A slot is a position or opening in a machine or system, into which something may be inserted. It is a type of slit, hole, or channel, often with a variable width and depth, used for receiving something such as coins or paper tickets with barcodes. In casinos, a player inserts cash or, in “ticket-in, ticket-out” machines, a paper ticket with a barcode that represents a particular amount of money. The machine then displays a series of reels, and when the machine stops spinning, the symbols that lined up are arranged to give the player credits according to the paytable. Symbols vary, but classics include fruits, bells, and stylized lucky sevens.

A person who plays a slot machine may develop a gambling addiction, especially if they play on a video machine. Psychologists have found that players of video slots reach a debilitating level of involvement with gambling three times as rapidly as those who play other casino games.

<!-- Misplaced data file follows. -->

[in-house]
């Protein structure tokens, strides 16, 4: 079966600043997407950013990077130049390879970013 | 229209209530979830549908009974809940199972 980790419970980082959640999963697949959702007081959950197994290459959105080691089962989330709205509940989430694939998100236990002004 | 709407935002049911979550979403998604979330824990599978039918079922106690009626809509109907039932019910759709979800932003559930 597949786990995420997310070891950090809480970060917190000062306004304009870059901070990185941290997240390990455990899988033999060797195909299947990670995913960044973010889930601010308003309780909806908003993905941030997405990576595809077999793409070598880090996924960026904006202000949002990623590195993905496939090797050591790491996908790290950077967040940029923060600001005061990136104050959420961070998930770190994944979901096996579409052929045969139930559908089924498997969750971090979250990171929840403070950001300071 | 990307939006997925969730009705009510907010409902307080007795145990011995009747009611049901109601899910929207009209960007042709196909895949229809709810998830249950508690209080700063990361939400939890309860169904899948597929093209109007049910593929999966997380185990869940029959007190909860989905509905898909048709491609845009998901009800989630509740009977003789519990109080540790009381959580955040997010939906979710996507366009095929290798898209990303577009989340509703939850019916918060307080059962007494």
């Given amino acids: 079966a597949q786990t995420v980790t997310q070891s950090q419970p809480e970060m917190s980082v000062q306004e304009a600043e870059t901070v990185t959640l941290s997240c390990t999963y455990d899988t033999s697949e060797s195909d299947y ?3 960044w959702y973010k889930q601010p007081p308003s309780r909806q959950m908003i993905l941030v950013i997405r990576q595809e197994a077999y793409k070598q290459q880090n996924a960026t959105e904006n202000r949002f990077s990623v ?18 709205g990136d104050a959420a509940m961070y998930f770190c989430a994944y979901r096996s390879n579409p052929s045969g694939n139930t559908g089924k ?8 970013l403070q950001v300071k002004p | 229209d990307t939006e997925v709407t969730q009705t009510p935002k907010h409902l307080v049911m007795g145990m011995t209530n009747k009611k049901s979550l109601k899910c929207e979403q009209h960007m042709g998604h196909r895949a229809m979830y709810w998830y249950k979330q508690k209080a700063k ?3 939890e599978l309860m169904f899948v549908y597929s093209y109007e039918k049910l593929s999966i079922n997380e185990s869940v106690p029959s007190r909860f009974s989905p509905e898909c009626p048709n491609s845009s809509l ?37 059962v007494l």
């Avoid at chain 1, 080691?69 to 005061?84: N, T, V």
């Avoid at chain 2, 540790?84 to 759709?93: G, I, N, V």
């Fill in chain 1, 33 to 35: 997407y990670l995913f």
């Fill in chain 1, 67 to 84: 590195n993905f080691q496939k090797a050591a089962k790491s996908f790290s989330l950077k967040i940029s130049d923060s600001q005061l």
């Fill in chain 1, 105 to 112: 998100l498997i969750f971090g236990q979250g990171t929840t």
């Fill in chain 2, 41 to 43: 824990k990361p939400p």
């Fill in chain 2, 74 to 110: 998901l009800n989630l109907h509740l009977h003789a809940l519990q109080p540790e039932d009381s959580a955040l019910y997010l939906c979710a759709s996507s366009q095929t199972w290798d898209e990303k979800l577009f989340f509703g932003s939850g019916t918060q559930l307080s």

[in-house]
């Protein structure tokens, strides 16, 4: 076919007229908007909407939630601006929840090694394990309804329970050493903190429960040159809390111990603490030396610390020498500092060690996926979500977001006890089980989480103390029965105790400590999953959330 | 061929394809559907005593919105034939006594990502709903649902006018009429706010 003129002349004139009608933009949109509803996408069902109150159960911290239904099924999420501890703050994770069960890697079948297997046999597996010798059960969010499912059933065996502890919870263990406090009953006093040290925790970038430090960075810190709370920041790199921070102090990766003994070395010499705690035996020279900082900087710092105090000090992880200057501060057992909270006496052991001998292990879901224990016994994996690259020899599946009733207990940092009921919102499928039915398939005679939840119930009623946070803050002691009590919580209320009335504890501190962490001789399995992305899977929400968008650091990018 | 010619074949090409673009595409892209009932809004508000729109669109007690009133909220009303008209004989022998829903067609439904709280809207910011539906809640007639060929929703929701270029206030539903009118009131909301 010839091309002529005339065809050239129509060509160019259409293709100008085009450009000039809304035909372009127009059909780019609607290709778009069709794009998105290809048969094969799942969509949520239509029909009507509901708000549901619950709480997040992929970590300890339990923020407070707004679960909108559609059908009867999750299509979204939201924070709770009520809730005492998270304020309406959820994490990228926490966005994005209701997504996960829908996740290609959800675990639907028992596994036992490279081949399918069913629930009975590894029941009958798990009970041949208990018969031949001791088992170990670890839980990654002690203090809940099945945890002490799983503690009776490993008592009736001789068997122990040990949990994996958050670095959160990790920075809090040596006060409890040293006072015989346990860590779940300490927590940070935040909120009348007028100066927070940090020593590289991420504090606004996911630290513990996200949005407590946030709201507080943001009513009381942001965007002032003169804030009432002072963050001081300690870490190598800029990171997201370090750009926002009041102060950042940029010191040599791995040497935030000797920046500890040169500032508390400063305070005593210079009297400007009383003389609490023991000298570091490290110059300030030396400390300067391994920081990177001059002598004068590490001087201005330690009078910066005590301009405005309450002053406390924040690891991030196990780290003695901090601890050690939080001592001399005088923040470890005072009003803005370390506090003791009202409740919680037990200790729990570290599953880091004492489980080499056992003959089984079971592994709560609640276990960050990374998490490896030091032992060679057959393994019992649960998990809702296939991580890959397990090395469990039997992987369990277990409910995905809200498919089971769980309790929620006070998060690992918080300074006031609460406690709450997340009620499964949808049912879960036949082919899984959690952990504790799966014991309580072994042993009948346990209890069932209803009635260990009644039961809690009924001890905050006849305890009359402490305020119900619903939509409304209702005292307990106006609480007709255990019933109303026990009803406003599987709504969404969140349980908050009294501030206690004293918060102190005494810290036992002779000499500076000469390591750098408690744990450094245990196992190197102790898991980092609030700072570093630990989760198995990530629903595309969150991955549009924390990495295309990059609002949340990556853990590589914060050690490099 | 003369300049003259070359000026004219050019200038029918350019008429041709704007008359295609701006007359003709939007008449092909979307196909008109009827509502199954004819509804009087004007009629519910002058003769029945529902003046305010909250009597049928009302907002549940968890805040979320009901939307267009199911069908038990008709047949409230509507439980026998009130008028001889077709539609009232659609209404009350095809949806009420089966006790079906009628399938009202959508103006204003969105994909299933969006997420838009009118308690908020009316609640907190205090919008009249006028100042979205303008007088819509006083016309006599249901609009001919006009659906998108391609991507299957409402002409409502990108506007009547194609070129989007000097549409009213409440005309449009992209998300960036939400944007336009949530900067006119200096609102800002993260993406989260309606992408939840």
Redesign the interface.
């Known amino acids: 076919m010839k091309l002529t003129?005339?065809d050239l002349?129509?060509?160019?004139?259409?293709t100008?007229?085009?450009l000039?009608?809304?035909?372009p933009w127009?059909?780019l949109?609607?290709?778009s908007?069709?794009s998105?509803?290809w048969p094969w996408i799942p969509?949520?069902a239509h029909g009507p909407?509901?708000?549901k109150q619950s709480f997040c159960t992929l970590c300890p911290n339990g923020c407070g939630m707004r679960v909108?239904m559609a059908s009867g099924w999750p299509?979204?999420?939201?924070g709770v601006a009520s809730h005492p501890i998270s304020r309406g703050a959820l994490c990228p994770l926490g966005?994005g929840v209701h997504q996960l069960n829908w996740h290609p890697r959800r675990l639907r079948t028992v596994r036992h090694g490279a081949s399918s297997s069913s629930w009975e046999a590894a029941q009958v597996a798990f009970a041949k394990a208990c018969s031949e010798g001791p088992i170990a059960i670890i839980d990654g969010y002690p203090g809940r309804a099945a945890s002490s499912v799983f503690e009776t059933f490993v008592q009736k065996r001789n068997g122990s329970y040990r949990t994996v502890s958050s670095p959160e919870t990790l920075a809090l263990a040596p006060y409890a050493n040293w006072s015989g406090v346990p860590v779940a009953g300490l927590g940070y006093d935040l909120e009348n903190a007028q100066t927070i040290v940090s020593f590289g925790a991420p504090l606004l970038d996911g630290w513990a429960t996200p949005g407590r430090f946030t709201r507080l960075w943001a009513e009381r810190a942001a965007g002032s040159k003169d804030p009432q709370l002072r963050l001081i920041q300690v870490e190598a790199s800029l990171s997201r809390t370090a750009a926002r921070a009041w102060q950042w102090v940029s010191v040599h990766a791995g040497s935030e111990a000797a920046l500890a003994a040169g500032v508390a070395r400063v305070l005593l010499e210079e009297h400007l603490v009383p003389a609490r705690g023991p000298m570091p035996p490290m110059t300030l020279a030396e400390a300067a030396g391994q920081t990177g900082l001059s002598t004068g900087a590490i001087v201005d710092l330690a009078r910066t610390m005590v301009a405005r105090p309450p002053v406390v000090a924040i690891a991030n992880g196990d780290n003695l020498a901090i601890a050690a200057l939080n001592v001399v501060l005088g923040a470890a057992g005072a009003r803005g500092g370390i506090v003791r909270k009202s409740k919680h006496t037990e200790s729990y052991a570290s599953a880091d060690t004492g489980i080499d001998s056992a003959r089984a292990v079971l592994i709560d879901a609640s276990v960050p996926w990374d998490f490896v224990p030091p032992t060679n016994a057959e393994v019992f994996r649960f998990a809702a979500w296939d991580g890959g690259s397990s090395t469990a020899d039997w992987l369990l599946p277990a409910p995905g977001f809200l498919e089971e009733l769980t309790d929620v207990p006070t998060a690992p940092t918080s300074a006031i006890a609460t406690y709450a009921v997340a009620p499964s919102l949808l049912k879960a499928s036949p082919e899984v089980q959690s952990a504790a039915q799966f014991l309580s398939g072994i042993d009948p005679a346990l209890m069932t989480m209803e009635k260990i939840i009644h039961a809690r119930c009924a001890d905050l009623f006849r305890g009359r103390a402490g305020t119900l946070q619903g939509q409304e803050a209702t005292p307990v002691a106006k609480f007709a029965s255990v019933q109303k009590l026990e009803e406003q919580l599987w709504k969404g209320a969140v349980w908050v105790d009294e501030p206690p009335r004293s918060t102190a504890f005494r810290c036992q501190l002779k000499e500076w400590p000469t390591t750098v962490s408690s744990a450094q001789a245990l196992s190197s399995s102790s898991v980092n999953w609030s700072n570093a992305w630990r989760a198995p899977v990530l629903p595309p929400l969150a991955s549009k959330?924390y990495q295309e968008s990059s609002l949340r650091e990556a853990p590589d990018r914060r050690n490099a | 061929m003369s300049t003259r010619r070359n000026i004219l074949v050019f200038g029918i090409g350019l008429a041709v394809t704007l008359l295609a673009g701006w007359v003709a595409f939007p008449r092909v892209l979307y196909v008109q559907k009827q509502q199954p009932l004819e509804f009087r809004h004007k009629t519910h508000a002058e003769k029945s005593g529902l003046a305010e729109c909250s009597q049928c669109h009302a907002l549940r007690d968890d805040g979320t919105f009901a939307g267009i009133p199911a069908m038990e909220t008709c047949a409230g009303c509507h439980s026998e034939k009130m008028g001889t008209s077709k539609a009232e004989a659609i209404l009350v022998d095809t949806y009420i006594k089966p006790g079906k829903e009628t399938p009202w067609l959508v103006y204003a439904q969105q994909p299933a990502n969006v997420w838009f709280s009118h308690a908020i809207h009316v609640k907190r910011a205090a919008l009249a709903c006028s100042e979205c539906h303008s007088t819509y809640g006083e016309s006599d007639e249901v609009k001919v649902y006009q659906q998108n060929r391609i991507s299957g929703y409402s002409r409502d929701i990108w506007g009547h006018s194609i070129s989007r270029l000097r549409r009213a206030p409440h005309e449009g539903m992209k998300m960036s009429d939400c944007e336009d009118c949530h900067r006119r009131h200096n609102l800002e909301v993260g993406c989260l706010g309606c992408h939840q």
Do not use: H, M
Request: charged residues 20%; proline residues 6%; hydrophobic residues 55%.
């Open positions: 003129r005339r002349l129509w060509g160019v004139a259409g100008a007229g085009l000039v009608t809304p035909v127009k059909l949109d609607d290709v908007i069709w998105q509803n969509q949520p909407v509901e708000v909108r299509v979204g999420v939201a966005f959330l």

In American football, a slot receiver is a wide receiver who usually plays on passing downs and is situated between the outside receivers and tight ends on the line of scrimmage. A great slot receiver, like Wes Welker, is extremely good at running short routes and opening up other wide receivers on longer passes.

A slot is a space for something, such as a cylinder in an engine or a place on a device. It is also a position in a game of poker, in which each player has a fixed number of cards to draw from a deck of 52. A player who has a high enough hand wins.